I have a pretty similar floor, it's T&G but it's also nailed down and there are cracks. I did refinish it with polyurethane but the next winter the cracks opened right back up (as I knew they would) and the poly did drip down into the basement in a couple spots.

I wash the floor with either a steam mop of a Hoover floormate, both of which leave very little water on the wood. Works fine. In fact I think washing it keeps the wood hydrated in the winter a bit better.

One thing to note: my floor had not been poly'ed until I did it and I think it dried the wood out considerably, there was a lot more shrinkage the following winter and I have had to be careful about the humidity levels. On soft wood like pine and doug fir the poly is relatively useless at preventing scratches because the wood just deforms under the poly and eventually the top coat will crack and peel. You cannot prevent scratches in soft wood!

If I had to do it again I would wax the floor, no question. People around here have 100+ year old wax floors that still look great. The poly looks beat up after a few years. Once it looks really terrible I'll sand it off and have the floors waxed once professionally then maintain them myself.
posted by fshgrl at 3:07 PM on January 22, 2012

These guys might be a good resource for you.
posted by DaddyNewt at 3:24 PM on January 22, 2012

I'd think about oiling the floor, letting it soak in for a few days, and then waxing. It's the only thing that works for mine.
posted by answergrape at 3:55 PM on January 22, 2012

Your floors are beautiful! I love the color.

I use this Bona Hardwood Floor Cleaner. It's a spray, and wipe system, and the spray bottle sprays in a wide, super fine pattern which has never made my floors very wet, so you shouldn't have any problems with the liquid dripping. I vacuum, spray and mop my floors regularly and love the cleaner (especially because it is non toxic).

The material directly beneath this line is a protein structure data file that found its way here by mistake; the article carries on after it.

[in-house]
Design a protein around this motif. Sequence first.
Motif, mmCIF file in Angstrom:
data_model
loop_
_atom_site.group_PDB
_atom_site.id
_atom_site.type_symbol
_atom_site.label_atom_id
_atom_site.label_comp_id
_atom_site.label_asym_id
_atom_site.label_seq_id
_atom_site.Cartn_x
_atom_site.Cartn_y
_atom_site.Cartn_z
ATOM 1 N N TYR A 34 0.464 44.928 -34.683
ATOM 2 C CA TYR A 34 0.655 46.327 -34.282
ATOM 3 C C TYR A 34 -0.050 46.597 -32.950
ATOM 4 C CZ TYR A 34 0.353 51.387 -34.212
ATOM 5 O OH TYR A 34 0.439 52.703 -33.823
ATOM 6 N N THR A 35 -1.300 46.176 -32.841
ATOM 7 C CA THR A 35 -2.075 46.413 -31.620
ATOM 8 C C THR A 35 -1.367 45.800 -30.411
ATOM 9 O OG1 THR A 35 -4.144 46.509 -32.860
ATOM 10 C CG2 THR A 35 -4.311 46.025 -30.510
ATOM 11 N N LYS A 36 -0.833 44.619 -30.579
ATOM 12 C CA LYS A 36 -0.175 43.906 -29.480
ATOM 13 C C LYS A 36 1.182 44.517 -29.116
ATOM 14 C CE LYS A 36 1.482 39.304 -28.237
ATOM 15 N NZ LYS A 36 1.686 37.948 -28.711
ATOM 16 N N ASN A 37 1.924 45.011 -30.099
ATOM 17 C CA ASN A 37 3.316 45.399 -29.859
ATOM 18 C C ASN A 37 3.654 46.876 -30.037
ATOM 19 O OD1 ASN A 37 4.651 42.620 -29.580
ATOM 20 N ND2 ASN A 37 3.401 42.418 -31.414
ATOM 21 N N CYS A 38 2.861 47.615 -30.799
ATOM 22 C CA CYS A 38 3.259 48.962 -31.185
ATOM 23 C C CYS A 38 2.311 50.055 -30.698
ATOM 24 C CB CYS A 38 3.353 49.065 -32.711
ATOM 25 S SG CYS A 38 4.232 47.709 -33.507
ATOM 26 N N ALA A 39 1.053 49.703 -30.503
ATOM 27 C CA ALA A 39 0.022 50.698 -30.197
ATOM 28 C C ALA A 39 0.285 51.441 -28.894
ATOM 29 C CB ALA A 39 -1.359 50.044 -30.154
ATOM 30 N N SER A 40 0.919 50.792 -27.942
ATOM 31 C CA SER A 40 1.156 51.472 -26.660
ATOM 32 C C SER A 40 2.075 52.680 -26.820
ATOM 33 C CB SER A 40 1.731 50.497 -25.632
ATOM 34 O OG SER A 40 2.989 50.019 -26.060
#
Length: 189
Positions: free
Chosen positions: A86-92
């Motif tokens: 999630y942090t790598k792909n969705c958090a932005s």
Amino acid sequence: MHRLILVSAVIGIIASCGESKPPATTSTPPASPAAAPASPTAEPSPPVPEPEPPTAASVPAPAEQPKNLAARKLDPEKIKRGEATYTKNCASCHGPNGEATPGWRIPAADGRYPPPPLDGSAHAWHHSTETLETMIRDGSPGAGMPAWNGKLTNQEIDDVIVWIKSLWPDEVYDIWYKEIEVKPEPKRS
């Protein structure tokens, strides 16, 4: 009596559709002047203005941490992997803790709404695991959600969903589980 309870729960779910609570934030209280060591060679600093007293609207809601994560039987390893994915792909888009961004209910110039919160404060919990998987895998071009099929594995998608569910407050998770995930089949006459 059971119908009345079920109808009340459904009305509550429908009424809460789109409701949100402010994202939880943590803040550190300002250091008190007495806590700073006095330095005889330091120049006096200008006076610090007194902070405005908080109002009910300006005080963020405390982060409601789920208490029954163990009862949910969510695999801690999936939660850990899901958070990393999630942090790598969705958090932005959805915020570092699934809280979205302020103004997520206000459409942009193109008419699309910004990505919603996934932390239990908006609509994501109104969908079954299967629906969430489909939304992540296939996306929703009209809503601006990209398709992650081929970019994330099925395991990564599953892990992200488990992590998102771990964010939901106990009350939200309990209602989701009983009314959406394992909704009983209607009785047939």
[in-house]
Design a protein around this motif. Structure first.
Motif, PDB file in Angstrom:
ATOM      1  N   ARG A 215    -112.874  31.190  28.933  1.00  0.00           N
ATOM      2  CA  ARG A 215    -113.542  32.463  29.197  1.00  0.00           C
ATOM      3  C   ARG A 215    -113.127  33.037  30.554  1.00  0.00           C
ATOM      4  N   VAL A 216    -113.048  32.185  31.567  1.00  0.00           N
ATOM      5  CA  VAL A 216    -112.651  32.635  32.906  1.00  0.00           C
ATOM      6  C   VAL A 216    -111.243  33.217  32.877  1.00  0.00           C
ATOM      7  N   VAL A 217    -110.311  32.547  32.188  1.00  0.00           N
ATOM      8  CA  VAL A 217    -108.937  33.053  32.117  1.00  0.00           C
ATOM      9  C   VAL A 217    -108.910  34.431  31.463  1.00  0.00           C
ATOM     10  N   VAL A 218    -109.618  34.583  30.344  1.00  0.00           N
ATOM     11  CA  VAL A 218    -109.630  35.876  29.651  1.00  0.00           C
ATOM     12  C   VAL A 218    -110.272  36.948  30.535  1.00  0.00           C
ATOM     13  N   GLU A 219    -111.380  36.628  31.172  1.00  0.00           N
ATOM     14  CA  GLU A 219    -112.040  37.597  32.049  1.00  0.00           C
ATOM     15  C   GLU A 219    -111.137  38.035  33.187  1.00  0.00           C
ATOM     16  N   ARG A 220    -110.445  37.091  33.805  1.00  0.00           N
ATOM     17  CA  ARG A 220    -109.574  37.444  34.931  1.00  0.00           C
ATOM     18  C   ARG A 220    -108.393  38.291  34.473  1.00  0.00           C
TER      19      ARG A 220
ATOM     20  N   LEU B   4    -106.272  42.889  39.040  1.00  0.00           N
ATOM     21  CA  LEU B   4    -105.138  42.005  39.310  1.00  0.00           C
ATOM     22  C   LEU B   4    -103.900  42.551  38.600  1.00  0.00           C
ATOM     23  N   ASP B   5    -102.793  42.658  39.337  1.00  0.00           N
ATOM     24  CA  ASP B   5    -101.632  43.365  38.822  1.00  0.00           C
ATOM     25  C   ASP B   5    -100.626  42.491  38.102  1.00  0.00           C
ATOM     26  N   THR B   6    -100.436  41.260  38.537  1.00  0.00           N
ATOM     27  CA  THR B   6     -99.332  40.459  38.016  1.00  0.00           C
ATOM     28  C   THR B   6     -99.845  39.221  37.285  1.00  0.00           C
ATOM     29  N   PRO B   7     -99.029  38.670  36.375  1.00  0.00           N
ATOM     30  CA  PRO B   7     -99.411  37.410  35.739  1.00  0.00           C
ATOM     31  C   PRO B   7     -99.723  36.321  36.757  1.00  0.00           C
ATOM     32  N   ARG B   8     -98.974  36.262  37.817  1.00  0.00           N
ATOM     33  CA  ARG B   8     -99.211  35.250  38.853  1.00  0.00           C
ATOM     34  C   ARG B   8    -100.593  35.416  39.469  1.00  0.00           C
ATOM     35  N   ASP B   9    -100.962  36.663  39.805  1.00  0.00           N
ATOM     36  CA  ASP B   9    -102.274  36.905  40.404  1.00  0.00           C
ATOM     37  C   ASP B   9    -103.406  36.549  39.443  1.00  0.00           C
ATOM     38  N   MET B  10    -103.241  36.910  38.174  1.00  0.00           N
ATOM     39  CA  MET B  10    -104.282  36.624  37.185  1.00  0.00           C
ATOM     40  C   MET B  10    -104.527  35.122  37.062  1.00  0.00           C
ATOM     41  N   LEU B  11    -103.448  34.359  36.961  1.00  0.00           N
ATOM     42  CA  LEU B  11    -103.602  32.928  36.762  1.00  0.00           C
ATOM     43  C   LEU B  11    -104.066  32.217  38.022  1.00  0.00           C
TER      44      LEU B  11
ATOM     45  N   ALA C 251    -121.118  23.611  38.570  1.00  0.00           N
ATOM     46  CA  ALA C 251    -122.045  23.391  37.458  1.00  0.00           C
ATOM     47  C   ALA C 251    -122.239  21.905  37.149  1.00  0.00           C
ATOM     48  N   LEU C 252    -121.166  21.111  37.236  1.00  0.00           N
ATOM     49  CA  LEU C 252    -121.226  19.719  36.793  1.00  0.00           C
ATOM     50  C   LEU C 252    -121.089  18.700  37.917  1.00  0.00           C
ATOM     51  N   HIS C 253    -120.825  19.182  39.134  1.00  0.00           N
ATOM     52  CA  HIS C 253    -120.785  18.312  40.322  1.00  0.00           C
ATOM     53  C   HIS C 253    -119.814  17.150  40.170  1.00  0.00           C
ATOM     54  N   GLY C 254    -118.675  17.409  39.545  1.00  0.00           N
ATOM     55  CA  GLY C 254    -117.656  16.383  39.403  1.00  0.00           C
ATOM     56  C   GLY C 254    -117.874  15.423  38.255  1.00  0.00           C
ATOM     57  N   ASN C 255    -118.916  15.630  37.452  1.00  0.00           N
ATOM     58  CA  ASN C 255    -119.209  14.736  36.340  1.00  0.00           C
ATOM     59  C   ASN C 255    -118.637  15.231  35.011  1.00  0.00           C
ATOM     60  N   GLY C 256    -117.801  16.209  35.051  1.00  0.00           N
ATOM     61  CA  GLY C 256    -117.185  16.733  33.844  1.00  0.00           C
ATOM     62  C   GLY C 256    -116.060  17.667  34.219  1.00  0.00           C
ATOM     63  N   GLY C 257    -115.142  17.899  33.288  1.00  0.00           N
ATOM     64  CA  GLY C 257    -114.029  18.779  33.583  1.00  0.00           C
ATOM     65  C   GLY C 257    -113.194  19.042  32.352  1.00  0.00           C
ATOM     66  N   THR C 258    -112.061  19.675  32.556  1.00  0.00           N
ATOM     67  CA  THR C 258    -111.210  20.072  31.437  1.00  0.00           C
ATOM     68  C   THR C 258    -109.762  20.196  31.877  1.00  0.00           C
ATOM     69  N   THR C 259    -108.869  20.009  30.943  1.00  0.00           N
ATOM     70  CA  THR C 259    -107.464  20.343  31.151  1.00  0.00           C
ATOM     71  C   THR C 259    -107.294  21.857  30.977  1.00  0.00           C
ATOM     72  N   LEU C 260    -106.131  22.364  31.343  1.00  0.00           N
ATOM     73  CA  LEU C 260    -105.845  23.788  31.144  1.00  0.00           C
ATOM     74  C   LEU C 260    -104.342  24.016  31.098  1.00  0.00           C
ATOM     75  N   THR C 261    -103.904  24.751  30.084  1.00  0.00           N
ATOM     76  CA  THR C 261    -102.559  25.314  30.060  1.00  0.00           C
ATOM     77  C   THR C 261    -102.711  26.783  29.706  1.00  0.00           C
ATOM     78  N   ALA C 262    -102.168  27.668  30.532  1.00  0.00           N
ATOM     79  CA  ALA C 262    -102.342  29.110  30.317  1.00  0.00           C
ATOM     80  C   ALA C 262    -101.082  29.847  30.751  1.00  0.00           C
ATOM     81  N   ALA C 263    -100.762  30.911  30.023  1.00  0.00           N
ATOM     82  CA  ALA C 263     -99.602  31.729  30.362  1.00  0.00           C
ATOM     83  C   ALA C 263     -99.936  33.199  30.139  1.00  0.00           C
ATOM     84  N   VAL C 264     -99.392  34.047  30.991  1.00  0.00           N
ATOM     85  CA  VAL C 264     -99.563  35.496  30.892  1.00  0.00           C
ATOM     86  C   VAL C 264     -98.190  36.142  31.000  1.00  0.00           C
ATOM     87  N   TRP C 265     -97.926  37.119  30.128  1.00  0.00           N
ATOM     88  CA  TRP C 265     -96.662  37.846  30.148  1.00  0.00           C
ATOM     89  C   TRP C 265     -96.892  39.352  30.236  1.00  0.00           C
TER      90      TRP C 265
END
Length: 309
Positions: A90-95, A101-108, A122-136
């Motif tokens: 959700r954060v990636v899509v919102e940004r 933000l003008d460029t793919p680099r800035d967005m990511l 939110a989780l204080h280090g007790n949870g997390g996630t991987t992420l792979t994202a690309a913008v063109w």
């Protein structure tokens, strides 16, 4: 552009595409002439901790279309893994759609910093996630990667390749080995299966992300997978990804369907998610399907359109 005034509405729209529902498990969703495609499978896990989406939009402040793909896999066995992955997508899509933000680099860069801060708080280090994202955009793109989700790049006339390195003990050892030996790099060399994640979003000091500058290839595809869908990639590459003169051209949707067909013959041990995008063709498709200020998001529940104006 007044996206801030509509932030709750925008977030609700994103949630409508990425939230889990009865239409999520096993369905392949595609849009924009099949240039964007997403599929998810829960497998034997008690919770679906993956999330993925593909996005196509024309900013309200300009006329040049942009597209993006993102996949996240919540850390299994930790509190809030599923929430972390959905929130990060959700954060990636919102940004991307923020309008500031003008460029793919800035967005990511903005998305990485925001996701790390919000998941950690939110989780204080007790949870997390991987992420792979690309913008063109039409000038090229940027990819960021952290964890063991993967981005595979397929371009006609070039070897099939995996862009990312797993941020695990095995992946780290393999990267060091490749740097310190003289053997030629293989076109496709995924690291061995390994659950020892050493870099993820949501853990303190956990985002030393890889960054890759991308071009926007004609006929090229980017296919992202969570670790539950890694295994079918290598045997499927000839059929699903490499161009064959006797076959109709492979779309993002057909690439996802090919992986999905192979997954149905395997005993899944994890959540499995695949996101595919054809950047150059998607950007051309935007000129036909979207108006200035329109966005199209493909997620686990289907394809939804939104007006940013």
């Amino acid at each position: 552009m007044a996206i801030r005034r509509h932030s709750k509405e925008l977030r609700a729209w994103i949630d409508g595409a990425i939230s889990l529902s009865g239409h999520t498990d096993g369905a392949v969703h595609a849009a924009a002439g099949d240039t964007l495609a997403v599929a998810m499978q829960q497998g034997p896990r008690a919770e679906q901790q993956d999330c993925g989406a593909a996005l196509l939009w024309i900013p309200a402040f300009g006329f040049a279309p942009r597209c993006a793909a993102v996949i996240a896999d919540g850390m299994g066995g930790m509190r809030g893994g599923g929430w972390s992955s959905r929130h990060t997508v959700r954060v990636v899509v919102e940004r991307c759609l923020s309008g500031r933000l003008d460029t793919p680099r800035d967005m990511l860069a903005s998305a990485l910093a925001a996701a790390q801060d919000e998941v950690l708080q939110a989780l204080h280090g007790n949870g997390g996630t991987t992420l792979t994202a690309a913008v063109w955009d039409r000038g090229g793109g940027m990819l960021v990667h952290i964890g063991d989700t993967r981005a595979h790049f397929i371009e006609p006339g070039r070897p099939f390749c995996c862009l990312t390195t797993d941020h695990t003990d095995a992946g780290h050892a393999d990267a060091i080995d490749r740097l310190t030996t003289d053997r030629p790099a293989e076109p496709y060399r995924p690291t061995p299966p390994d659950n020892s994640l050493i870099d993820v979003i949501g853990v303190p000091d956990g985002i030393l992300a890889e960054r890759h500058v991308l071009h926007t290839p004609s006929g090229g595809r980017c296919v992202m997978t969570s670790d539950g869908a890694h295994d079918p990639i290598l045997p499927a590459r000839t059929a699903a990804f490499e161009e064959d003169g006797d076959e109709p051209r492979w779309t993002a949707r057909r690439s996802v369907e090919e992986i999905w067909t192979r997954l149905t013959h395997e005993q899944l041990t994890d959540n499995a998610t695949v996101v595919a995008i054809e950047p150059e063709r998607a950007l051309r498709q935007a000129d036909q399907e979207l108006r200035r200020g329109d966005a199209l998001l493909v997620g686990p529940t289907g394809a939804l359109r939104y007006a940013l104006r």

As far as the refinishing/resealing aspect, you might want to call some local floor finishing companies and have them come give you estimates. I did this a few months ago and used the opportunity to get as much advice on floor care as possible. I decided not to spend the money on actually refinishing my floors, but the consults were free and gave me more confidence in my floors.
posted by nerdcore at 4:20 PM on January 22, 2012

When I had lovely old wood floors, I stripped off the old wax with ammonia & water, then used wax over the old oil-based varnish. They were beautiful and had character. I did an annual-ish damp-mop with a mild ammonia & water solution, then re-waxed. Amuse yourself & your neighbors by putting down old towels, and polishing the floors. It's good exercise.

People used to put rugs on their wood floors. If you live in a cold climate, I recommend it.
posted by theora55 at 5:21 PM on January 22, 2012

I hope this isn't a derail - tell me if I need to get my own question - but if you have urethane-finished floors, can you go back to an oil and wax approach?

Mine were done years ago and frankly, I've never been happy with the results other than the color. They've been extremely vulnerable to staining, scuffing, etc.
posted by Currer Belfry at 5:08 AM on January 23, 2012

If you are selling the house in the future, a damaged floor or a floor needing repair will be a negotiation point - does it make more sense to have the floor up to par now so that you can enjoy it, or perhaps give thousands of dollars at close to the buyer so they can make needed repairs? Some people will be enamored with your floors as is, but others will complain that the gaps are a potential deal breaker.

When my floors were refinshed, needed repairs like yours were from $50 to $75 each. The repair was either a plug or they cut out the damaged flooring and installed a new piece of of wood. Each repair is visually seemless, but your floors have a such a patina that a match may be difficult.
posted by lstanley at 6:39 AM on January 23, 2012

Response by poster: Thank you for the responses, everyone. I'll check out some of the suggestions and hopefully they'll work out.

One other question that I should have asked at the outset: is it possible to tell, from the pictures, whether the floor is coated with polyurethane or wax (or something else)? Knowing that is critical to any later attempts to refinish the floor, right?
posted by jalexc at 11:34 AM on January 23, 2012